This week I want to return to the subject of loneliness. I wrote a few weeks ago about the dire loneliness epidemic sweeping our country, especially in our big cities and how the Church helps to defeat that problem. This week, I’d like to focus on the importance of deep connections and relationships. As I mentioned in my last post, living in New York City or anywhere for that matter makes it important to maintain deep spiritual connections with others. So often we live in proximity to others but without community with others. The past week, the issue of proximity without community has been brought to my attention in a myriad of ways: in my weekly Bible reading, in my Christianity and Society class, and on a friend’s blog. Since this idea has been so prevalent in my mind the past few weeks I’ve decided to explore it further today.

For many of us, social interaction can be manageable at best and painfully awkward or obtrusive at worst. So often after social humiliation or rejection, we denigrate the idea of connections and relationships and enter into a state of perpetual self-resignation. We see relationships as chaos, disorder, and unpredictability. But what if in reality relationships are the opposite? What if loneliness was chaotic, unchartered territory and connection was order and civility? What was truly intended for us.

Let’s look closely at the first relationship: Adam and Eve. God creates a sentient man in the garden from speech. This week in my Christianity and Society class we read Dr. Jordan Peterson a clinical psychologist and University of Toronto professors take on this story in his book 12 Rules for Life.Peterson writes “Chaos is the formless potential from the God of Genesis I calling forth order using language at the beginning of time. It’s the same potential from which we, made in that Image, call forth the novel and ever-changing moments of our lives.” Peterson goes on to describe how out of the chaos God created Adam and Eve. God the all-knowing creator of our universe destined Adam into a relationship with Eve. God recognized our need for community, which Peterson comments on in his book writing “Our brains are deeply social. Other creatures (particularly other humans) were crucially important to us as we lived, mated, and evolved.”[1] God knew that is was not good for a person to be alone, so he gave Adam a partner.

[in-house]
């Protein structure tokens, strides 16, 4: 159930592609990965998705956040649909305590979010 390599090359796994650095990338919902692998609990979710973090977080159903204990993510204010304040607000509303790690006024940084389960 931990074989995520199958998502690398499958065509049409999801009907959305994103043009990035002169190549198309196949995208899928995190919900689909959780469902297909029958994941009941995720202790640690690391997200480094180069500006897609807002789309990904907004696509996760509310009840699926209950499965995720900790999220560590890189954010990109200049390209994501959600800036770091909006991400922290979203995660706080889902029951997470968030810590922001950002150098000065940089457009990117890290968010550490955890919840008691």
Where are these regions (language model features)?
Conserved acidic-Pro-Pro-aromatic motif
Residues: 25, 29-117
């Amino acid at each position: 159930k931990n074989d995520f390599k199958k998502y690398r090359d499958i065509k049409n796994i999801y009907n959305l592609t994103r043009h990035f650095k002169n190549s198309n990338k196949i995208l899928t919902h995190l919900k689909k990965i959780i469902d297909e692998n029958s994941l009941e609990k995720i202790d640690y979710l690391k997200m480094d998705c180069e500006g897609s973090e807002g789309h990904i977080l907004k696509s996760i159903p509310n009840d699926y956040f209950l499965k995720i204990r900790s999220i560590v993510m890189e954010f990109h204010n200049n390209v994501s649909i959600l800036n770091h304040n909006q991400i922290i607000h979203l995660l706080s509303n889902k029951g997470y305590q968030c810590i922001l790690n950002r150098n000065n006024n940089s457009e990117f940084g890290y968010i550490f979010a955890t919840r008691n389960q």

However, we often misinterpret the nature of relationships like the relationship between Adam and Eve. Friendship is not merely for socialization, birthday parties, group messages, and weekend getaways (although it certainly can be, and that is all good) it is about creating a partnership to push us onward, forward, to become better versions of ourselves. Seth Cohen, a Senior Director at The Charles and Lynn Schusterman Foundation in Atlanta, GA writes on his blog I’ve Been Thinking… that “ The language of the creation of Eve is notable because the text of the Torah reads that God created an “Ezer k’negdo” — which can be translated as “a helper who works opposite/in contradiction.” It has a phrase that has always fascinated me — what exactly is a helper who works opposite you? Is it akin to kind of a personal yin and yang from the eastern Taoist philosophy ?” [2] Cohen like Peterson understands the deep aspects of “beyond the surface” relationships unlike those many in our society engage in.

I wonder what our society would look like if we fostered relationships that were deep? Genesis 1 deep. What kind of order out of chaos would that provide for us?  Relationships that provide us with a partner that could mold us, shape us, and challenge us to be more than we thought we could be. Friendships that are deeper than a cup of coffee or lunch meeting. If we did this would 50% of our fellow countrymen report feeling lonely? [3] It’s not just about socializing, but about real connection, that spurs us on and introduces order not chaos into our lives. That’s what God intends for us and has wanted for us since the beginning. He wants, and we need more Genesis 1 relationships.

[1] Peterson, Jordan B. 12 Rules for Life. Penguin, 2018.

[2] Cohen, Seth. “It Is Not Good for a Person to Be Alone. – Seth Cohen – Medium.” Medium. October 05, 2018. Accessed October 10, 2018. https://medium.com/@sethacohen33/it-is-not-good-for-a-person-to-be-alone-6888a14810c1.

[3] “Half of Americans Feel Lonely, Study Finds.” Fortune. Accessed October 10, 2018. http://fortune.com/2018/05/01/americans-lonely-cigna-study/.

Will Comer

Author Will Comer

Will is from North Carolina but currently lives in Brooklyn, New York where he is a student at The King’s College majoring in Politics, Philosophy, and Economics. When he’s not studying Will volunteers at Charity:Water and attends C3 Church Brooklyn.

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